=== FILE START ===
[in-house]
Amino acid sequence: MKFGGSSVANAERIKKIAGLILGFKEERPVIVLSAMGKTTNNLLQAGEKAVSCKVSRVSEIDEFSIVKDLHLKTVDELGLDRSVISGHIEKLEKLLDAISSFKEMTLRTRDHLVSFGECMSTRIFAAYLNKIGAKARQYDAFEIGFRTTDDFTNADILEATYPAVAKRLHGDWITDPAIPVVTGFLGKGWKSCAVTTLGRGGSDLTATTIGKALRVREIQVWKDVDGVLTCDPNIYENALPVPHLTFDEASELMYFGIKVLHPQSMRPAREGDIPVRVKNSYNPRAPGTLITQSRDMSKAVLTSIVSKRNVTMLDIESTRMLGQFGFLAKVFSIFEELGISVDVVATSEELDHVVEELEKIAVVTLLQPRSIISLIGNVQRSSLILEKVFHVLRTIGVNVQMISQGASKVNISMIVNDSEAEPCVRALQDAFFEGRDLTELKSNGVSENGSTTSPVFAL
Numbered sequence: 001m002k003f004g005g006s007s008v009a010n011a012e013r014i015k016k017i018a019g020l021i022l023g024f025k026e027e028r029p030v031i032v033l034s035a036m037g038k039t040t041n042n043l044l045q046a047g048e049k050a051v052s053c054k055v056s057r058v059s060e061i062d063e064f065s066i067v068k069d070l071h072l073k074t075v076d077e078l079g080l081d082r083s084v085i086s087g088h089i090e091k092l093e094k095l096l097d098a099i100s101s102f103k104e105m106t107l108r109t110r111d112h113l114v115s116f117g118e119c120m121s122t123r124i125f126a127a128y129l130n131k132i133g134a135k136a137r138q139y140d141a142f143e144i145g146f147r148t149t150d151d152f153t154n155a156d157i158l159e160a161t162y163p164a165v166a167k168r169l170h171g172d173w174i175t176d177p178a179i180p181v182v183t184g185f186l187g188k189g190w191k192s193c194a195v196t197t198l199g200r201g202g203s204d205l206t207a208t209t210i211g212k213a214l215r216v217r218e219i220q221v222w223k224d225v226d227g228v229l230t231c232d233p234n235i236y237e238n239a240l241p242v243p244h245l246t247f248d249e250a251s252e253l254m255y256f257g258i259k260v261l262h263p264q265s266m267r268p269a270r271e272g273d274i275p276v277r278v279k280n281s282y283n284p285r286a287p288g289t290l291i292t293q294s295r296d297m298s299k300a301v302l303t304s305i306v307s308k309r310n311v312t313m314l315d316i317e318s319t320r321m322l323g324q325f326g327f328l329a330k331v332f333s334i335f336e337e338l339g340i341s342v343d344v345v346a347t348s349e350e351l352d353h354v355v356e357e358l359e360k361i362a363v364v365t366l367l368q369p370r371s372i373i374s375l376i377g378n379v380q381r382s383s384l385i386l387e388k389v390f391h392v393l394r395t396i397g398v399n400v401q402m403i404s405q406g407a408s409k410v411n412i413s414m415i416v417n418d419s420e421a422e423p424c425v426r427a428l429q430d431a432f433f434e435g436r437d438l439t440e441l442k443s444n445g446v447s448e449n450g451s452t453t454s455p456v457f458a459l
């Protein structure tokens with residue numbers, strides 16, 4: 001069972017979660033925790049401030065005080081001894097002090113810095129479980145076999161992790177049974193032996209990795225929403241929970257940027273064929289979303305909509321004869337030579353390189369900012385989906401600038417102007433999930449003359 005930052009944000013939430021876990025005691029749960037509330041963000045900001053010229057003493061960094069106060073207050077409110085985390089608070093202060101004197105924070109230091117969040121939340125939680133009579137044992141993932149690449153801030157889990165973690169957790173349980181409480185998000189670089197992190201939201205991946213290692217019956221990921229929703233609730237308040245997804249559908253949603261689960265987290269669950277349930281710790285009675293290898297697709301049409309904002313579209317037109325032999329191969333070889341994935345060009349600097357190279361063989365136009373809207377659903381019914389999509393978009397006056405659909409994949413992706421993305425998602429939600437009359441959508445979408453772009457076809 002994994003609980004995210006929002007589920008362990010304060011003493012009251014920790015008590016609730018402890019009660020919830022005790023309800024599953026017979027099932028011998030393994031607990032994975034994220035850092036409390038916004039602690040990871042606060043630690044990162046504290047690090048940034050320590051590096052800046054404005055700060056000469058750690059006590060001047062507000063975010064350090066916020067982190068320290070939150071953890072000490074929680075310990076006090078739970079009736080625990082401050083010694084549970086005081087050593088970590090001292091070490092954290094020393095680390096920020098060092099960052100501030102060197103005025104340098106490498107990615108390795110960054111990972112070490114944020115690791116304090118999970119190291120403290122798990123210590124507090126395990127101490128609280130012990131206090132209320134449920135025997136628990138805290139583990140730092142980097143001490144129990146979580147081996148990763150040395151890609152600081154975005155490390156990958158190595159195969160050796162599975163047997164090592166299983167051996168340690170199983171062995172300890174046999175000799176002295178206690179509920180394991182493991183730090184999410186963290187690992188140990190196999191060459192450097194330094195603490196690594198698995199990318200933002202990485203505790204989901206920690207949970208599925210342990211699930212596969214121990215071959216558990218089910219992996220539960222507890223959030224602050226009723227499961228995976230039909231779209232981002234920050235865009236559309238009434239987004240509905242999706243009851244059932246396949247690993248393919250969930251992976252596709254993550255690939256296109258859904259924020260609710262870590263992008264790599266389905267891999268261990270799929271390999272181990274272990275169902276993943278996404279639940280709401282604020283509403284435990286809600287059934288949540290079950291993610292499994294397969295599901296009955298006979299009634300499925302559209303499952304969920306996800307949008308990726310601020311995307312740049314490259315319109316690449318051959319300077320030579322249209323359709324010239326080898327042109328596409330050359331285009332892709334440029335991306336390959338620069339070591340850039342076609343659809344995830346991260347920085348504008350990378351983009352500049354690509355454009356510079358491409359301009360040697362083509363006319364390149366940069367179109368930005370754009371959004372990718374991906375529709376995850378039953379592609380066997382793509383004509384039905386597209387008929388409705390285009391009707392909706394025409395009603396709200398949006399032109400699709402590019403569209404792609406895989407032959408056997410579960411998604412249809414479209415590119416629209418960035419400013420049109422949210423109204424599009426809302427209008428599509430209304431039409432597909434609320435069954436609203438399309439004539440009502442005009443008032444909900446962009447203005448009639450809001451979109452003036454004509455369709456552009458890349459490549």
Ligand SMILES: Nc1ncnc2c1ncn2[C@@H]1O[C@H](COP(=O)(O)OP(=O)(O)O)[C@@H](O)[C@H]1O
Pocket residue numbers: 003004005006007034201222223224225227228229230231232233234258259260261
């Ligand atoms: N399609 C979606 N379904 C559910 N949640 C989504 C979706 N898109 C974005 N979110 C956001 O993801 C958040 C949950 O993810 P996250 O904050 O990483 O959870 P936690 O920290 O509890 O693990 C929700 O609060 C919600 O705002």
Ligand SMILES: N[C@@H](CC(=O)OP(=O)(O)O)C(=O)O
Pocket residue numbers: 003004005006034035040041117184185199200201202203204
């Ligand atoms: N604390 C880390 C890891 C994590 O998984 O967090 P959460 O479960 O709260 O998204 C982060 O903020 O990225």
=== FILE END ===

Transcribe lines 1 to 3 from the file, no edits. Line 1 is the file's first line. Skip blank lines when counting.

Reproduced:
[in-house]
Amino acid sequence: MKFGGSSVANAERIKKIAGLILGFKEERPVIVLSAMGKTTNNLLQAGEKAVSCKVSRVSEIDEFSIVKDLHLKTVDELGLDRSVISGHIEKLEKLLDAISSFKEMTLRTRDHLVSFGECMSTRIFAAYLNKIGAKARQYDAFEIGFRTTDDFTNADILEATYPAVAKRLHGDWITDPAIPVVTGFLGKGWKSCAVTTLGRGGSDLTATTIGKALRVREIQVWKDVDGVLTCDPNIYENALPVPHLTFDEASELMYFGIKVLHPQSMRPAREGDIPVRVKNSYNPRAPGTLITQSRDMSKAVLTSIVSKRNVTMLDIESTRMLGQFGFLAKVFSIFEELGISVDVVATSEELDHVVEELEKIAVVTLLQPRSIISLIGNVQRSSLILEKVFHVLRTIGVNVQMISQGASKVNISMIVNDSEAEPCVRALQDAFFEGRDLTELKSNGVSENGSTTSPVFAL
Numbered sequence: 001m002k003f004g005g006s007s008v009a010n011a012e013r014i015k016k017i018a019g020l021i022l023g024f025k026e027e028r029p030v031i032v033l034s035a036m037g038k039t040t041n042n043l044l045q046a047g048e049k050a051v052s053c054k055v056s057r058v059s060e061i062d063e064f065s066i067v068k069d070l071h072l073k074t075v076d077e078l079g080l081d082r083s084v085i086s087g088h089i090e091k092l093e094k095l096l097d098a099i100s101s102f103k104e105m106t107l108r109t110r111d112h113l114v115s116f117g118e119c120m121s122t123r124i125f126a127a128y129l130n131k132i133g134a135k136a137r138q139y140d141a142f143e144i145g146f147r148t149t150d151d152f153t154n155a156d157i158l159e160a161t162y163p164a165v166a167k168r169l170h171g172d173w174i175t176d177p178a179i180p181v182v183t184g185f186l187g188k189g190w191k192s193c194a195v196t197t198l199g200r201g202g203s204d205l206t207a208t209t210i211g212k213a214l215r216v217r218e219i220q221v222w223k224d225v226d227g228v229l230t231c232d233p234n235i236y237e238n239a240l241p242v243p244h245l246t247f248d249e250a251s252e253l254m255y256f257g258i259k260v261l262h263p264q265s266m267r268p269a270r271e272g273d274i275p276v277r278v279k280n281s282y283n284p285r286a287p288g289t290l291i292t293q294s295r296d297m298s299k300a301v302l303t304s305i306v307s308k309r310n311v312t313m314l315d316i317e318s319t320r321m322l323g324q325f326g327f328l329a330k331v332f333s334i335f336e337e338l339g340i341s342v343d344v345v346a347t348s349e350e351l352d353h354v355v356e357e358l359e360k361i362a363v364v365t366l367l368q369p370r371s372i373i374s375l376i377g378n379v380q381r382s383s384l385i386l387e388k389v390f391h392v393l394r395t396i397g398v399n400v401q402m403i404s405q406g407a408s409k410v411n412i413s414m415i416v417n418d419s420e421a422e423p424c425v426r427a428l429q430d431a432f433f434e435g436r437d438l439t440e441l442k443s444n445g446v447s448e449n450g451s452t453t454s455p456v457f458a459l